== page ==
considered more convenient than the alternative at the time, Tzipi Livni and
Kadima. In turn, Eini obtained from the economically conservative Netanyahu
agreement to pass social legislation.
It was a political stroke of
brilliance that recast Eini as a player in national politics, and a potential
contender for Labor’s leadership.
EINI OFFERED no explanation other than
“personal exhaustion” for his departure, which comes three years ahead of his
four-year term’s expiration. Understandably, this context has made the
resignation’s coverage focus on Eini the man, who is indeed far from
Three years ago Eini divorced the mother of his four children
and moved in with an assistant whom he had previously appointed to head the
Histadrut’s network of vocational schools, Amal.
In addition, he has been
accused of cozying up to business tycoons and ingratiating the monopolies’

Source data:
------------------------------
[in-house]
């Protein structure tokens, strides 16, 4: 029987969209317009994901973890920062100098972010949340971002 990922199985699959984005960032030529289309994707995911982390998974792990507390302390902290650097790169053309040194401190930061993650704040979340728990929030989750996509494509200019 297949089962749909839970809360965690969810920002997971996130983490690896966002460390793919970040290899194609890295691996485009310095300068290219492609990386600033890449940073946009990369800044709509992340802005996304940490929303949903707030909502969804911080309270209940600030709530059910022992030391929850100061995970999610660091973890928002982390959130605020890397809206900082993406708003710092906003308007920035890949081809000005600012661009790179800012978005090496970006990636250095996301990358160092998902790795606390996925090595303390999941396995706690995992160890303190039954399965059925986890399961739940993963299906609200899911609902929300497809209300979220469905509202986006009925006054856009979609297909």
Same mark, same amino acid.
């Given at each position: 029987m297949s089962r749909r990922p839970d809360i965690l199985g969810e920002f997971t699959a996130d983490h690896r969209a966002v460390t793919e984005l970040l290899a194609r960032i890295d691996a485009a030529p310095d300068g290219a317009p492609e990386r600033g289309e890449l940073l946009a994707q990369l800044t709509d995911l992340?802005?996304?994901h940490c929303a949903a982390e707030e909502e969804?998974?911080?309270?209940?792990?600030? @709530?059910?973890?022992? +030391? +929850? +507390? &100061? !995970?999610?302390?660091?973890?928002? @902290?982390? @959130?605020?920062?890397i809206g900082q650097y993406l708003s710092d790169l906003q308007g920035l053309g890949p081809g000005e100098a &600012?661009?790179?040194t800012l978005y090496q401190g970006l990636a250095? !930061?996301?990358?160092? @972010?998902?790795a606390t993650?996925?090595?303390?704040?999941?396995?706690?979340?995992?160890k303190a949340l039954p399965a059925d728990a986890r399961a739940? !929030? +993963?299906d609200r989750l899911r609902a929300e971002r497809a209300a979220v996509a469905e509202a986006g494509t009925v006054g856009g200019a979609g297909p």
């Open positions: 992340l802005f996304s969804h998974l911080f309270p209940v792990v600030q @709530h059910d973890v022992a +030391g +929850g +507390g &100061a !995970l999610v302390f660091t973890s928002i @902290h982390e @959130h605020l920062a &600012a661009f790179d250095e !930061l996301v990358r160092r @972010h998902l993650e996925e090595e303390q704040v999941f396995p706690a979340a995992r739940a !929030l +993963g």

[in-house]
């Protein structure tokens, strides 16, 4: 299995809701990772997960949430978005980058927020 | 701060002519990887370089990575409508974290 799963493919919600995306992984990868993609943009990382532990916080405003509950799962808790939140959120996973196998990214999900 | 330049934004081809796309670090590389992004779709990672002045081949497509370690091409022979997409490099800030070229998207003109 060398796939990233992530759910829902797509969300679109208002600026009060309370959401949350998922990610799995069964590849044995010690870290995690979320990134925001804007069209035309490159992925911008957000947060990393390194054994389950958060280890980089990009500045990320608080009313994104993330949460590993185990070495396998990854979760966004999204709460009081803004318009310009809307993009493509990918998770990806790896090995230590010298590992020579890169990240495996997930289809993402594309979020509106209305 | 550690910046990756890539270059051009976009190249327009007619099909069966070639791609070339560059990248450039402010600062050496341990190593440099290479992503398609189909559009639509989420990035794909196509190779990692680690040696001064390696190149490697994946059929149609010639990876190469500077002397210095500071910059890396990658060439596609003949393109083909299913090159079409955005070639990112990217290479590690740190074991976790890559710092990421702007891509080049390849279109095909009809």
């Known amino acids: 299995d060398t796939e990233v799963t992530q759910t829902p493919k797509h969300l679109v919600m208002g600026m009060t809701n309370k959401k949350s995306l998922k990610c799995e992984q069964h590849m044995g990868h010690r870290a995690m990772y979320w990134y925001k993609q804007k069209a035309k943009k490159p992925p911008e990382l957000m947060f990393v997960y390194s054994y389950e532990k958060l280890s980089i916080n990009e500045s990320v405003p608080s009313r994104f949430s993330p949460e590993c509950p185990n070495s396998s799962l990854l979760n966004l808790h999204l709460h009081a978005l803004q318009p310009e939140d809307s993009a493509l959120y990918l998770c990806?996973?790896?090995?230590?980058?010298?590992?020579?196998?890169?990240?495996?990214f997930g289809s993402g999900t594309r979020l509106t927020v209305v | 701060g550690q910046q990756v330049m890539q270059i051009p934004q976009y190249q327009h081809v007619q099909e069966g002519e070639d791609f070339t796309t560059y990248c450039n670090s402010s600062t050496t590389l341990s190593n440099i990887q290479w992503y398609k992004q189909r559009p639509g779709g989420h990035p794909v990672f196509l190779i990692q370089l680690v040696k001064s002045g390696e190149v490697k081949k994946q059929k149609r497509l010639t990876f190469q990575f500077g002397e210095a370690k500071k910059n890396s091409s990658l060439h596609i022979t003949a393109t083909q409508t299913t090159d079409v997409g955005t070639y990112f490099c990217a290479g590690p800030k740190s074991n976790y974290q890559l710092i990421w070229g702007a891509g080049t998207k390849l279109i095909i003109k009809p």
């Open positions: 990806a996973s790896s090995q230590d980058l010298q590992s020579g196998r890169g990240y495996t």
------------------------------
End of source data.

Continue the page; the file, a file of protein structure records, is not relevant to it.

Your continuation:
strong unions, like that of the Israel Electric Corporation and the Israel Ports
Development & Assets Company, passively enshrining their lavish payment
deals at the expense of weaker workers elsewhere in the public
Meanwhile, Eini’s recommendation to his colleagues, to appoint
his No. 2, Avi Nissenkorn, as the next chairman is being challenged by Labor MK
Eitan Cabel, amid charges that the Histadrut is not a kingdom and Eini cannot
appoint his successor.
Yet despite all this, the story of Eini’s time at
the Histadrut’s helm is institutional rather than personal.
growing number of members of the middle class feeling economically insecure and
also victimized, Israel’s unions returned to relevance and their services are
again in demand – a trend that will not be offset anytime soon, no matter who